The artwork is the real draw (no pun intended) here, though; stunning images offered in splendid full-color line every other page (often bleeding onto the opposite page, too), making this a glorious Gothic tale (with a twist!) not to be missed.

GlamKitty (& Boycat) Catnip Mousie Ratings:  Shivering Mousies Galore! :D

Sunday, October 21, 2012

Friends, Neighbors, & All the Spaces in Between

Say what you will about Mr. Rogers* (yeah, I giggled plenty at those ghastly cardigans and nerdy lace-up shoes of his, too), but the man knew something about being neighborly. To him, it had nothing to do with what you wore (teehee), drove, or did for a living; it meant being friendly and nice to the people next door or down the street... waving and stopping to chat, making the effort to learn pets’ and people’s names, even having a cup of sugar at the ready to lend during baking emergencies. 

Things have changed a lot since Mr. Rogers first went on TV showing good little boys and girls around his perfect neighborhood, though. We pick up stakes and move (often, before we’ve even met those who live on either side of us); we keep odd hours (not exactly conducive to friendly coffee klatches); and, while technology has given us the ability to interact with people all around the globe... it has also pretty much done away with the desire for all but the most strictly-necessary contact with our physical neighbors.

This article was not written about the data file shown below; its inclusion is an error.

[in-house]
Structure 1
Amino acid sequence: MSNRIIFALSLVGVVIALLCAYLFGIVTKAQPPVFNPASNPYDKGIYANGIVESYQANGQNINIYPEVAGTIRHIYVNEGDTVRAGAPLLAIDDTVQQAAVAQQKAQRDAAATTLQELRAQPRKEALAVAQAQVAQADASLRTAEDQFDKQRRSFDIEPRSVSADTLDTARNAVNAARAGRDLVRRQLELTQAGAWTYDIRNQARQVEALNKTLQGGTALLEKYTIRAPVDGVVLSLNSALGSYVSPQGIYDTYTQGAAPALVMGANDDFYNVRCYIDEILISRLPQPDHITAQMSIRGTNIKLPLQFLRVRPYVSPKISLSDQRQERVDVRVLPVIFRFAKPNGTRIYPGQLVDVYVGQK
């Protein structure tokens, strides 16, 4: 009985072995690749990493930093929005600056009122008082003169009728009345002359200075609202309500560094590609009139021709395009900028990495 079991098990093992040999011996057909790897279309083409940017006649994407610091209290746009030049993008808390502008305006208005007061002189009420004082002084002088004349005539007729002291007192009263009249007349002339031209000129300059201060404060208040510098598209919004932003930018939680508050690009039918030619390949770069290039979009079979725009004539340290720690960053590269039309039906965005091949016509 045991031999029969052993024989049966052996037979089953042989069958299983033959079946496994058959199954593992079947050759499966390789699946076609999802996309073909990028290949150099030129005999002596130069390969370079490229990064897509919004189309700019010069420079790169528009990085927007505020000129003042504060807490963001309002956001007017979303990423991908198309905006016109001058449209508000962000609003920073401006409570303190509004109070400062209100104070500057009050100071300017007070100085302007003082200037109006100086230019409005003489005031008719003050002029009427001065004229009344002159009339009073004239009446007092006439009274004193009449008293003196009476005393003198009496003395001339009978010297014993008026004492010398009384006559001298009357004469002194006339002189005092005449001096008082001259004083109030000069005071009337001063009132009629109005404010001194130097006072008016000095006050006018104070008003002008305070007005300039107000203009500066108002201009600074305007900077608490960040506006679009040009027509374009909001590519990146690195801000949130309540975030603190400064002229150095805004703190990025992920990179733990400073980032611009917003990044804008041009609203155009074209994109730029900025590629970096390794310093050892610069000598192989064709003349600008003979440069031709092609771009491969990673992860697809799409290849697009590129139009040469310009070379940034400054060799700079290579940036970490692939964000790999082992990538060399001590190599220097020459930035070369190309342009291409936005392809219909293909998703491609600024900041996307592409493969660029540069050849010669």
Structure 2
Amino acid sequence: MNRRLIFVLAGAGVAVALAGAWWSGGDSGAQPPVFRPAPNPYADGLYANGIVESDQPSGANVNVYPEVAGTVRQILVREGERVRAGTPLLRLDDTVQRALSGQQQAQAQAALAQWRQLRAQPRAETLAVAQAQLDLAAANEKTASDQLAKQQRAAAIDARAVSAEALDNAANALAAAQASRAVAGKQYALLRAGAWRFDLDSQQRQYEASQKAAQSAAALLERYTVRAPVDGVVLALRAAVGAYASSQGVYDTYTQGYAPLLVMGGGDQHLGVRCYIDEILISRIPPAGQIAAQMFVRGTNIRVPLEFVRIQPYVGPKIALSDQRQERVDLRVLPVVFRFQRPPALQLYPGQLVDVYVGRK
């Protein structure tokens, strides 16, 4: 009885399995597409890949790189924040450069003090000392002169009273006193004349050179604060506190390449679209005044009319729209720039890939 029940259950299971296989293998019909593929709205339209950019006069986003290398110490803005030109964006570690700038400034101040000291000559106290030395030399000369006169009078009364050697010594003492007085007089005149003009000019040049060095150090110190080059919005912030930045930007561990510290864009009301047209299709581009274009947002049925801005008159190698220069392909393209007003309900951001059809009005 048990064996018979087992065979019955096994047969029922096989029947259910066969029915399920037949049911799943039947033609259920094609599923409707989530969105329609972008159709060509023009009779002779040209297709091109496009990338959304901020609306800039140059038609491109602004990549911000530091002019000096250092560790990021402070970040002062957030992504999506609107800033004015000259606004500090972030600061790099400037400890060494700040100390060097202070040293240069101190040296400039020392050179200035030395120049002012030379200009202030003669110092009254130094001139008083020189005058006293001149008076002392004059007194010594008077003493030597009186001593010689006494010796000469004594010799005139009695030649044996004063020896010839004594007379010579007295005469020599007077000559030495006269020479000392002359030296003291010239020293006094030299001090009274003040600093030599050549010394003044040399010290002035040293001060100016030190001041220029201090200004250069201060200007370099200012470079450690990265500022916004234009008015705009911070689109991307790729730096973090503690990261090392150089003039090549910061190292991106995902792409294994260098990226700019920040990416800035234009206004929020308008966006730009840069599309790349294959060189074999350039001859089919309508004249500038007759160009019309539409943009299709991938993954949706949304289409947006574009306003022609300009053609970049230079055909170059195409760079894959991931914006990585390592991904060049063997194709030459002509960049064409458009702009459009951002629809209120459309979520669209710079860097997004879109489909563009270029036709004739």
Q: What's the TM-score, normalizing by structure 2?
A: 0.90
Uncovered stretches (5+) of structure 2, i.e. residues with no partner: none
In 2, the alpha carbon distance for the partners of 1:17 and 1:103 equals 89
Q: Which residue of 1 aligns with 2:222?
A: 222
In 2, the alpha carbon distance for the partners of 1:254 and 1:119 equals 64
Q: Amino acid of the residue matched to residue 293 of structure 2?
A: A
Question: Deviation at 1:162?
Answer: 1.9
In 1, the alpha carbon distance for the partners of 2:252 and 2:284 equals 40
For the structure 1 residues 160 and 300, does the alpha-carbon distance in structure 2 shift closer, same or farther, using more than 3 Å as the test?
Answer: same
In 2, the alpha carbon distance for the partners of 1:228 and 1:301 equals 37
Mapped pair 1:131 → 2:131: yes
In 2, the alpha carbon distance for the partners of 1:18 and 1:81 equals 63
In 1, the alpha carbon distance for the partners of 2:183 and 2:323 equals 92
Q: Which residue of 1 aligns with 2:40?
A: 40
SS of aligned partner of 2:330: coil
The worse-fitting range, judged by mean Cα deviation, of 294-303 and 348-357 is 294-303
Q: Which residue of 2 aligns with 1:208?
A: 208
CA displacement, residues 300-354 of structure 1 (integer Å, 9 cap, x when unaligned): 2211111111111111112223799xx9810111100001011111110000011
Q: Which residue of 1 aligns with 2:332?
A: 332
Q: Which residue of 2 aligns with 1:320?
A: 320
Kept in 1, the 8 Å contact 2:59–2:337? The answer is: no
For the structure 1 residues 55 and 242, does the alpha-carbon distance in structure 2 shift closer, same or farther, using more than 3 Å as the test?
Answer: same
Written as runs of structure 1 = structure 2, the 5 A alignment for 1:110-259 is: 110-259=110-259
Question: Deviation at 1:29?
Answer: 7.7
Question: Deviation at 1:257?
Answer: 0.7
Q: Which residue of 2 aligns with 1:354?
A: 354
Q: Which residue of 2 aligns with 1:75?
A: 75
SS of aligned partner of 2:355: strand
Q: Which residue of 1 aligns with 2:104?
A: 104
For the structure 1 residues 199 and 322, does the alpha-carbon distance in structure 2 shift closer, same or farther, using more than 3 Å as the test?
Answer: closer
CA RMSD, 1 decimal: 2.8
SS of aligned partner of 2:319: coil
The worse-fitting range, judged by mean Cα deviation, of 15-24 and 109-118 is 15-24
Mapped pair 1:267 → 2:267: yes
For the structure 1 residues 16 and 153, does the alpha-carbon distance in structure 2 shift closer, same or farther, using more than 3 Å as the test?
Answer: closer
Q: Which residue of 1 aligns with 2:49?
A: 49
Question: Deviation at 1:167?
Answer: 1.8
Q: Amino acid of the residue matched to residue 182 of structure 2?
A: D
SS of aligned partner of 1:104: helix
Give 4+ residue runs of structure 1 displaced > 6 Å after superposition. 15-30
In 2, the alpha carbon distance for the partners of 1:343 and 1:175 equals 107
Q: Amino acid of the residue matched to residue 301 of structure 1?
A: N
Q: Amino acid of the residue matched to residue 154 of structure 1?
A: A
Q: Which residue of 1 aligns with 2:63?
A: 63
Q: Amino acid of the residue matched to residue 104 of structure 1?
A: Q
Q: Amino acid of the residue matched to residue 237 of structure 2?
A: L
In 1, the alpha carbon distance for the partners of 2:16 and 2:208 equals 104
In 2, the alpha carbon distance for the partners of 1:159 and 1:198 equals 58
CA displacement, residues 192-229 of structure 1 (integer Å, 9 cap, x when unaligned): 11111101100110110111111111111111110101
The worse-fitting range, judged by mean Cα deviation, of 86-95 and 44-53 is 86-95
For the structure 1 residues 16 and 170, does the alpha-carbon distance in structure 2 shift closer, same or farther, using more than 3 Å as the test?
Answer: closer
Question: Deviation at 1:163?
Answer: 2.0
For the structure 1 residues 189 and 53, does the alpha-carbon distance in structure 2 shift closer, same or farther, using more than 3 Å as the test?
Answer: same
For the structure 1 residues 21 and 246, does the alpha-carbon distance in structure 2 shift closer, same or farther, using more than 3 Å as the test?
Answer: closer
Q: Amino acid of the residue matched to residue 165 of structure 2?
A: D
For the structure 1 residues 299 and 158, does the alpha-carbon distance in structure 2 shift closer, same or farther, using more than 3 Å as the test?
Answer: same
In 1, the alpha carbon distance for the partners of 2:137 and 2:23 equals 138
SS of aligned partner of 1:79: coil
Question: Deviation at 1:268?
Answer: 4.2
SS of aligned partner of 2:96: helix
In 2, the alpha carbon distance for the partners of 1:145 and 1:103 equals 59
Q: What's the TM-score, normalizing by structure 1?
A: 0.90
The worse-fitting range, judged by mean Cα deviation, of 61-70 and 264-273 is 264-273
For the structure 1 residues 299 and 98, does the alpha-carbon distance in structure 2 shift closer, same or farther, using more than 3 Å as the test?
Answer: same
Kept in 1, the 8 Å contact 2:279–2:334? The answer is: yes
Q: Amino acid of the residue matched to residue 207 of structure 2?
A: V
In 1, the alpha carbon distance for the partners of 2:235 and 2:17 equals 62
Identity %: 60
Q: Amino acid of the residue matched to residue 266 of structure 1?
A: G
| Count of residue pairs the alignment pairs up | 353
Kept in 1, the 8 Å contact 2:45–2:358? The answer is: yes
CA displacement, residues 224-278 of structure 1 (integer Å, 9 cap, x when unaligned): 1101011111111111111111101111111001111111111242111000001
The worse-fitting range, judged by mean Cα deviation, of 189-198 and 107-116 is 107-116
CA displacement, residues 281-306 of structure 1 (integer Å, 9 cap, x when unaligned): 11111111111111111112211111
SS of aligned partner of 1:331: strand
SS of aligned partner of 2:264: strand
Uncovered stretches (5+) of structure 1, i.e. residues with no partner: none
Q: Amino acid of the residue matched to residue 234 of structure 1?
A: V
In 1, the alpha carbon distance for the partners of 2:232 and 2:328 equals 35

Still, the smaller the area, the more traditionally-neighborly folks tend to be... and, in her first work since completing the mammoth Harry Potter series, author J.K. Rowling puts the residents of one such small British town under a microscope, with her eagerly-awaited tale, The Casual Vacancy.

~ / ~ / ~ / ~ / ~

The residents of tiny Pagford are much like people in any little community. Some of them--namely, those who claim the honor of holding one of sixteen coveted spots on the Pagford Parish Council (and thus feel more than the usual amount of pride at the smooth runnings of their quaint, peaceful community)--are pleased as punch with the status quo. Others--those not born-and-bred in Pagford, or who don’t enjoy the benefits conferred by any particular status or rank, who instead pine for the bright lights of the big city (any city, really)--are rather less than sanguine with their surroundings, picturesque as they may be.

When youthful council member Barry Fairbrother drops dead suddenly, the whole town is shocked--not just because he was a generally well-liked, nice man who had a kind word for everyone, and a popular teacher with boundless energy and an upbeat attitude, but because his demise leaves an unexpected hole on the council. 

So, while much of the town mourns the loss--from his wife Mary (who can’t begin to understand losing her husband on their wedding anniversary) and their four children, to fellow council member (and close friend) Dr. Parminder Jawanda, to his old university chum-cum-lawyer Gavin Hughes, to all the members of the after-school girls‘ rowing team he had coached to numerous victories--another segment finds itself contemplating how his demise might affect each of their political futures.